Inside Climate News: FREDERICKSBURG, Texas—It's midway through fall, and cold has yet to settle over the Eckhardt family orchard. So, Diane Eckhardt waits with rising apprehension.
Cold is the switch that triggers the growing sequence that by summer has limbs sagging with ripe, juicy peaches. The reliable chill season in Texas Hill Country allowed Eckhardt's grandfather, Otto, to start the family business here in the 1930s.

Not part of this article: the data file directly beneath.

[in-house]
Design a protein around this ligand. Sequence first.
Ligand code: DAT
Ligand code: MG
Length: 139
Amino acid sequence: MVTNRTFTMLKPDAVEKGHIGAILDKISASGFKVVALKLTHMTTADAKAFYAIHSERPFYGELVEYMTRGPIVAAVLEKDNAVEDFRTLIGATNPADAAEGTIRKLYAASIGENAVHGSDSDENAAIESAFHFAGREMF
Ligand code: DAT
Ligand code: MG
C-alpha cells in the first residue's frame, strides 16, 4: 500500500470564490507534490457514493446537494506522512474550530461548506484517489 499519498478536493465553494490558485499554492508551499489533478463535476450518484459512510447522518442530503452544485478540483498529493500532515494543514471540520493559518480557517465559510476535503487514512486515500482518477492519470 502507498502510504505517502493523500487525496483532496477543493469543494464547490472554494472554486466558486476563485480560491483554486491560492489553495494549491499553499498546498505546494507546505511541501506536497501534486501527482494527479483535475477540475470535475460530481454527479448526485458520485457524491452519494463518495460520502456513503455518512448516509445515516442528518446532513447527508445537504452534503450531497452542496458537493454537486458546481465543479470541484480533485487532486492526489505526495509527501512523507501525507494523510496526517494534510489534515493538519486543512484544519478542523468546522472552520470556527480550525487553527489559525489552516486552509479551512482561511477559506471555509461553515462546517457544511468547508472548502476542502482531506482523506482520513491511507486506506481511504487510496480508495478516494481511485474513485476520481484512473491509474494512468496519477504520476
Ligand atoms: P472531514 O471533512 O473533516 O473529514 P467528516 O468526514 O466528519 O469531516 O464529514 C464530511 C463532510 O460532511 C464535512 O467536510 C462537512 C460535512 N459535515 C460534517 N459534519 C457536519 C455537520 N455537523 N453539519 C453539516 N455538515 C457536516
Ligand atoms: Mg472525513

But last year, with temperatures the warmest since 1939, Eckhardt's trees produced just 10 percent of their usual yield. And the year before, warm weather reduced production between 60 and 70 percent. Now, Eckhardt worries not only about the next crop, but about the future of a business she hopes will be passed on to her niece and nephews.